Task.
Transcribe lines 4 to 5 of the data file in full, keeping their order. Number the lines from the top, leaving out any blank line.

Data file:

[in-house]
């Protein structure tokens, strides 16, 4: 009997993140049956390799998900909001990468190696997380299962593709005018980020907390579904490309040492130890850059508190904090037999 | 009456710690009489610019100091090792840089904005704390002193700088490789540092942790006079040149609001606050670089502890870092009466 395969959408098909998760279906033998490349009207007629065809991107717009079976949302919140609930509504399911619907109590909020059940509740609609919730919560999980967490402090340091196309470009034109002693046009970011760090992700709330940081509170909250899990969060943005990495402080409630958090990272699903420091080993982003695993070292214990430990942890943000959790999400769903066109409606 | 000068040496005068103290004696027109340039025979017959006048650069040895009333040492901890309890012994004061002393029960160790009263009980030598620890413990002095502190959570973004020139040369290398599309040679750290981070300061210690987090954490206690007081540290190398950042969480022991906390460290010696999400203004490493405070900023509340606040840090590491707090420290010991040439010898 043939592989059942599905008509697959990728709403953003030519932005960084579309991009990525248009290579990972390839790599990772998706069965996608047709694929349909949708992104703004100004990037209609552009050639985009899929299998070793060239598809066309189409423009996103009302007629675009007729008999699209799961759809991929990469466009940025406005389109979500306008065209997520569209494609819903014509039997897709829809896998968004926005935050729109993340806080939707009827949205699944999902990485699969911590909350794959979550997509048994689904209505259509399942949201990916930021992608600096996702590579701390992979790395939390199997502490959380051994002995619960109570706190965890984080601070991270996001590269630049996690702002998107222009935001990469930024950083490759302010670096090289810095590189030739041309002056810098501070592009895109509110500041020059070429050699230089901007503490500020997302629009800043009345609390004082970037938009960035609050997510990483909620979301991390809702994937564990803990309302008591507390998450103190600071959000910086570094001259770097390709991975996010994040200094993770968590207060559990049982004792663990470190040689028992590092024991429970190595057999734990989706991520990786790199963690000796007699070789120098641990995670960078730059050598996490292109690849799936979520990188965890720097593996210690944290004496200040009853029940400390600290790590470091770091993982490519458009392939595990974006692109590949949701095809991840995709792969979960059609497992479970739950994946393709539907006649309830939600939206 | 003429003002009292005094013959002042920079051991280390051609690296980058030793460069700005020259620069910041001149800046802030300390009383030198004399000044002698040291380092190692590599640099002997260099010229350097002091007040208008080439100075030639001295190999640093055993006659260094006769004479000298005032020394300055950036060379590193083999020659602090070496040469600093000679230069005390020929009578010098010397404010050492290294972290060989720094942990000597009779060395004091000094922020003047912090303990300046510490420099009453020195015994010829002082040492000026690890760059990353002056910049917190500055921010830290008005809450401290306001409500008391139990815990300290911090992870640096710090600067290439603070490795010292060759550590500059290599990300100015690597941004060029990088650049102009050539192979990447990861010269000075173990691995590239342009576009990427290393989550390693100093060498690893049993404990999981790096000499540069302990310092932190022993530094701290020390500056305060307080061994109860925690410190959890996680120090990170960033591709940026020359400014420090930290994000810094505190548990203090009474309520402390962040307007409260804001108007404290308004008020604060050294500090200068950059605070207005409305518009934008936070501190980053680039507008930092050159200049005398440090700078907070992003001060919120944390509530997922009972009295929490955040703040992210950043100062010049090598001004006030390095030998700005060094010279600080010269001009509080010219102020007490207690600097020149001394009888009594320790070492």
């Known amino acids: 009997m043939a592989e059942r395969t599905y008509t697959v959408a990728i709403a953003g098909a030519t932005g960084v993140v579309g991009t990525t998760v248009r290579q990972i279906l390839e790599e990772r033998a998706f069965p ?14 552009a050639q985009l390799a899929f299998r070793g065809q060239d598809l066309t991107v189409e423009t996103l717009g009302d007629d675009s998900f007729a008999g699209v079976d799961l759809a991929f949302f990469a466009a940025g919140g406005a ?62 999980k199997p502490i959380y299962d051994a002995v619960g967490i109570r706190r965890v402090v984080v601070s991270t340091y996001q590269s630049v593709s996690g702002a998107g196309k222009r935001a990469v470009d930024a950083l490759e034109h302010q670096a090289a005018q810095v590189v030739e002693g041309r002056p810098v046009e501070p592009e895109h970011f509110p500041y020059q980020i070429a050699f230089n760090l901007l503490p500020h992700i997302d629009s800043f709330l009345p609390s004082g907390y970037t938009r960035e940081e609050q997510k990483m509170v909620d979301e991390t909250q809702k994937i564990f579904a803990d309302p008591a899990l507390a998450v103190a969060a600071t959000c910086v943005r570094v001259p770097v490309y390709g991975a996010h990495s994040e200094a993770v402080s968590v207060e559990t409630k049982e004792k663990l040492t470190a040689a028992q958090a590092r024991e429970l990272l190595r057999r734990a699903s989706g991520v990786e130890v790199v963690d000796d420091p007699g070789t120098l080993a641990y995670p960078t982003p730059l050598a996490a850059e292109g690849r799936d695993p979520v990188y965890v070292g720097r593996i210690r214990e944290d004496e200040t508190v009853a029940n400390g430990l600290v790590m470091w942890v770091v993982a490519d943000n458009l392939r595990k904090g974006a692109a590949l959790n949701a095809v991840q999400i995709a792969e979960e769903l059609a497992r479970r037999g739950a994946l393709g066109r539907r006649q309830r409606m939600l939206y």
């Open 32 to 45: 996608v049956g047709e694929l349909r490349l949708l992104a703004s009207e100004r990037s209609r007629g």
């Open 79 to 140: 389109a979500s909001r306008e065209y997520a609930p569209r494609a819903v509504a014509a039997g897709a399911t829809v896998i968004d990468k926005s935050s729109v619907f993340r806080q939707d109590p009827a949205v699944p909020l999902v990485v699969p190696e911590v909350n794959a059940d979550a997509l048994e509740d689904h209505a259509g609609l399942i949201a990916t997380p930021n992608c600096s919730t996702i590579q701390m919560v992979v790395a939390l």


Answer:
């Open 32 to 45: 996608v049956g047709e694929l349909r490349l949708l992104a703004s009207e100004r990037s209609r007629g």
């Open 79 to 140: 389109a979500s909001r306008e065209y997520a609930p569209r494609a819903v509504a014509a039997g897709a399911t829809v896998i968004d990468k926005s935050s729109v619907f993340r806080q939707d109590p009827a949205v699944p909020l999902v990485v699969p190696e911590v909350n794959a059940d979550a997509l048994e509740d689904h209505a259509g609609l399942i949201a990916t997380p930021n992608c600096s919730t996702i590579q701390m919560v992979v790395a939390l």